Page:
For four days, 2-year-old Cadence Schutter will be a star. It’ll be a special moment for the young Mesa resident, and an incredible feat given the ominous start to her life.
Schutter was diagnosed with neuroblastoma via ultrasound while she was still in her mother’s womb. This rare type of cancer is seen in infants and young children and often develops in the adrenal gland; this type of neuroendocrine tumor can also develop along nervous pathways in the abdomen, chest, and neck.
Cadence spent the first months of her life in a pediatric intensive care unit. When she was 3 months old, her adrenal gland was removed in a high-risk surgery. At her last doctor’s visit, Cadence was 99 percent clear of cancer.
The surgery saved her life, and she has been in remission for the past 11 months.
“She is doing wonderful. She is active, like a normal little 2 year old,” said Cadence’s mother, Amy Schutter.
Although she is in remission, every three to six months, Cadence has to have blood work completed, along with MRIs and ultra sounds.
A pancake breakfast was hosted at Little Mesa Café last June to help raise funds for Cadence’s medical treatments, which were not covered by health insurance.
“We couldn’t have done this without the support of the community. We are so blessed and grateful,” Schutter said.
Since then, Schutter has been able to find health insurance through work, which covers both her and her daughter.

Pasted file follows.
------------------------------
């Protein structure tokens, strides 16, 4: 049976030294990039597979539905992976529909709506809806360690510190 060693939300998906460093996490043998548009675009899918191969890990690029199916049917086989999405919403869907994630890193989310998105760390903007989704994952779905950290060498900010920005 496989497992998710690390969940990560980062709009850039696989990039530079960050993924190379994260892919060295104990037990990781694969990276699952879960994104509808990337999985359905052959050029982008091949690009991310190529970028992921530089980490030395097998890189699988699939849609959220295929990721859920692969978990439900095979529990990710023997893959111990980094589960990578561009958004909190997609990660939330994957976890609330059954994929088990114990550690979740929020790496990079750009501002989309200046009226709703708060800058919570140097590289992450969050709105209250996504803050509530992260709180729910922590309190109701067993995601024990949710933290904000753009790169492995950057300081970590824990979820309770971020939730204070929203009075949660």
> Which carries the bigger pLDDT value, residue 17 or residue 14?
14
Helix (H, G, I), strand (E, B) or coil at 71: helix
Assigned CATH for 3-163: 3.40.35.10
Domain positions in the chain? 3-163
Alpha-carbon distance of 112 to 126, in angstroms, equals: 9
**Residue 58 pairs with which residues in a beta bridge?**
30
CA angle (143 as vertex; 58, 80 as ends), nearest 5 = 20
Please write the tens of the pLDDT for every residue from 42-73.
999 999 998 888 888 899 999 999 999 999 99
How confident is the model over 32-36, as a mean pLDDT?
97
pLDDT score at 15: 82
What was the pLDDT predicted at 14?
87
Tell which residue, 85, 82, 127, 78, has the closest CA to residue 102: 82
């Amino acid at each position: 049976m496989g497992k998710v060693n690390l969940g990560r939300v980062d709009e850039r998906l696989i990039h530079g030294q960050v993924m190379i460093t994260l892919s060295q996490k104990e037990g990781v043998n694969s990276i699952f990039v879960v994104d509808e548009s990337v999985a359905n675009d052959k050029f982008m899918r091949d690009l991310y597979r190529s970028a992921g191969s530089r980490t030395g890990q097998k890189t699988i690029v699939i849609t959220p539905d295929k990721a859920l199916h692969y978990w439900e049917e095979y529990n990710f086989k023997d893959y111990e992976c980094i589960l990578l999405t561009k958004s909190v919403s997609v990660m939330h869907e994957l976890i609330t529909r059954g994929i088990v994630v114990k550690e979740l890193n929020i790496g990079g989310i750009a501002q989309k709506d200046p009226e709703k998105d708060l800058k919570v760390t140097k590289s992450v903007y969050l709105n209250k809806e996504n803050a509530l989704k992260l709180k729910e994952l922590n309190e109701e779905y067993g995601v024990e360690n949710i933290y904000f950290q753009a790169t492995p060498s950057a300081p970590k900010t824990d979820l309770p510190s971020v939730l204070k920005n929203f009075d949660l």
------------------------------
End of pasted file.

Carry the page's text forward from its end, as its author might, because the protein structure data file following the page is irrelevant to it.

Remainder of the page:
“When Cadence was first born I chose to take care of her full time and lost my longtime job. Recently I have been able to return to work now that Cadence is healthy and doing better, but the financial burden that whirl winded out of control I may never recover from,” she said. “Having your only child born ill takes a toll on you in all aspects. I am so fortunate and very lucky to have been blessed with a beautiful and special little girl. She has changed my life forever.”
Schutter said the most challenging part in her daughter’s battle with neuroblastoma is the fear of the unknown — knowing that Cadence’s remission could end is a cold reality.
Cadence has been invited to The Extravaganza, a beauty pageant in California that takes place at the end of this month. The event, Jan. 31 through Feb. 3, has 12 smaller pageants with two categories: beauty and glitz. Cadence will participate in natural beauty.
“As well as it being a confidence builder for Cadence, we want people to see Cadence as an example that struggles can turn into dreams come true. We would like the community to see how beautiful Cadence is inside and out,” Schutter said.
Cadence’s dresses were donated by two dressmakers: Princess Party and Pageant Dresses owner Amy Laughlin and Children’s Candy Clothing Store owner Brittany Jones. But as a single mother, Schutter cannot afford to make this trip on her own.
She is hoping for help raising money to cover the expense of travel, hotel stay, and meals. The total cost is $3,000, which does not include participation fees.
A silent donation can be made at Chase Bank, account number 3009857425. The account was set up in Cadence’s name when the pancake breakfast took place at Little Mesa Café.
To make a donation, contact Schutter at firstname.lastname@example.org or (480) 388-5735.
• Kelly Kleber is a senior at ASU’s Walter Cronkite School of Journalism and Mass Communication. She is an intern with the Tribune this semester. Reach her at email@example.com.